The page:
Intelligence is not an impediment but useful for keeping focus: you just have to keep it to yourself. Similar to being gay.

Like playing a drunk on stage, it’s easier to pull off effectively if you are not actually drunk.

You want to have the largest set of persuadable people saying “they are one of ours” as a politician. And stupid people are easier to fool.

Anonymous Coward says:

Random Americans are one thing, but that politicians increasingly don’t know what’s true and what isn’t — seems like kind of a problem.

Those politicians are, ultimately, coming from and elected by the Random Americans. If Random American can’t tell the reality from another conspiracy theory, there is no magic pill nor incentive to make politicians do better.

NARTE Engineer says:

Don't believe woo

1) 5G has low, mid and high bands.
2) Your microwave oven has only one frequency, in the ISM band which is not authorized for communications because it would interfere with radio astronomy. It’s a frequency that is efficient at heating water and fat molecules.
3) “microwave” is any frequency between 300MHz and 300GHz, although common RF engineering usage is 1GHz ~ 30GHz.
4) 5G above 30GHz can be referred to as millimeter wave, corresponding to the approximate wavelength.
5) Microwave transmissions have been common since the development of radar in WWII. Telephone relay towers, police speed radar and even automatic door openers used them for decades now.
6) Telecommunications RF radiation is NON-IONIZING. “Radiation” is a scary word to the uninformed but it also describes “healthy” sunlight and all forms of electromagnetism.
7) Exposure is proportional to distance squared. Your phone at 5mW and 1 inch from your head is equivalent to a base station @ 7.2kW and 100ft. But 5G base stations are limited to about 20W, and are most likely going to be MORE than 100ft from you.
8) The pseudo-science “industry” profits from page clicks, crystals and “orgone” generators.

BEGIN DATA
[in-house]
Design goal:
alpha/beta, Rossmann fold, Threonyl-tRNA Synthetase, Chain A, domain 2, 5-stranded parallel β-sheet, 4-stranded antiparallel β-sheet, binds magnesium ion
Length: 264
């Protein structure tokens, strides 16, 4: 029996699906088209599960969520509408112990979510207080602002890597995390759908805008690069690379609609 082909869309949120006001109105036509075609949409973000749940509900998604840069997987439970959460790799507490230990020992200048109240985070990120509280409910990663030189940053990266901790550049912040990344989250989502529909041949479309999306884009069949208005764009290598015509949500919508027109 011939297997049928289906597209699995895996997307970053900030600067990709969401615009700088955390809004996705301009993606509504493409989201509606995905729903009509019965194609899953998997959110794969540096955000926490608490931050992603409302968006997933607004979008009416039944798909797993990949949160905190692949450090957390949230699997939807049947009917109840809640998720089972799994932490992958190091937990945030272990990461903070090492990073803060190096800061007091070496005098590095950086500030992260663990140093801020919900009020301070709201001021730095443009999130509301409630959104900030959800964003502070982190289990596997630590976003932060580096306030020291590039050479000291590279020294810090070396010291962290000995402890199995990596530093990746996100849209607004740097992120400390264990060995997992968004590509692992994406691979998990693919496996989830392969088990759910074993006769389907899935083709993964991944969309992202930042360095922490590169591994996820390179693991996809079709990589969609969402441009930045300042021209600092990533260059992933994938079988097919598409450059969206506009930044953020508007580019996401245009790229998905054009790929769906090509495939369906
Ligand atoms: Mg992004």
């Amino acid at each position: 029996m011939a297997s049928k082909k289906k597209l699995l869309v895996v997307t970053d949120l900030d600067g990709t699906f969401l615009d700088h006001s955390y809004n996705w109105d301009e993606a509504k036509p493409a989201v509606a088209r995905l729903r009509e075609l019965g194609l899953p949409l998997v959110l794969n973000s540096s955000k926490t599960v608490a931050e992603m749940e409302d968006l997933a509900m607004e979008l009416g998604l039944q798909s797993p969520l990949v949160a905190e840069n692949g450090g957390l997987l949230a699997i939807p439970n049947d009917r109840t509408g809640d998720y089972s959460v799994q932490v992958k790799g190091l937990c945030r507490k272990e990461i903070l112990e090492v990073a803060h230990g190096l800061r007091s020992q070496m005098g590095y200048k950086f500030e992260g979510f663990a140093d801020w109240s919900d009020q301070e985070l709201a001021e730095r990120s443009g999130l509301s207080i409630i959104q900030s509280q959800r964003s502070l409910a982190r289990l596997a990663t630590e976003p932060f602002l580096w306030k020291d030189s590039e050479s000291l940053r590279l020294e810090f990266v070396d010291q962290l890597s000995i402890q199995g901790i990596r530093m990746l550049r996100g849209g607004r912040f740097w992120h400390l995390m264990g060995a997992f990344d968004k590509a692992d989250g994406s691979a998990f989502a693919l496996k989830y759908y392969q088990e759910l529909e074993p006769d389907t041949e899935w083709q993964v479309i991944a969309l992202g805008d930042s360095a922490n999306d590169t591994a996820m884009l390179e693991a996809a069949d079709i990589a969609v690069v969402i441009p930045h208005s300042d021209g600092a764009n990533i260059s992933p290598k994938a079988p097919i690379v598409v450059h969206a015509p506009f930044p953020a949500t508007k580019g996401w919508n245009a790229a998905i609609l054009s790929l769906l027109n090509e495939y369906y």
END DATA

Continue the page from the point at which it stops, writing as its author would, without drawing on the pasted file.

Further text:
9) Conspiracy “enthusiasts” need to have their importance validated, like gossips.
10) Electromagnetics is a complex topic and understanding takes more than reading fringe web sites. There are plenty of reliable sources: accredited universities, FCC, FDA and state Departments of Health, IEEE etc.

Arnold says:

Wi-fi pulsed wave radiation

There have been substantial health problems associated with constant exposure to wireless Electromagnetic fields.
It would be good if such governmental agencies as the FCC and FDA had done their job to test and regulate these emissions. BUT IN FACT THEY HAVE NOT.
The DC Circuit Couty of Appeals(one level below the Supreme Court) ordered th FCC in Environmental Health Trust v FCC, in August of 2021 to update their Standards for wireless exposure set in 1996 in light of the huge number of studies submitted to it. To date no action has been taken and FCC never mentions it in its plans to expand wireless communications. It gives one pause before dismissing uncomfortable news.

Anonymous Coward says:


There have been substantial health problems associated with constant exposure to wireless

Really, I have not seen any evidence of that working in the radio and TV transmitter industry, where levels of exposure are higher than and WiFi or mobile phone exposure. Also I have not seen any reports of ships crews suffering from exposure to radar, where they are exposed to higher levels than any domestic situation.

That is problems due to constant radio exposure would have shown up long before WiFi and Mobile phones became common.

Anonymous Coward says:

Local Politicans are elected from the local area, county, it would be should be not a shock that they use the Internet or that some of them believe ridiculous fake news or weird conspiracy theory’s. The type of person that says this is not the type of person who reads articles by real scientists or medical experts , they probably read a random link sent to them by a friend on Facebook there’s a whole industry of people who profit from posting bullshit fake news clickbait or gain followers by spreading stupid conspiracy theory’s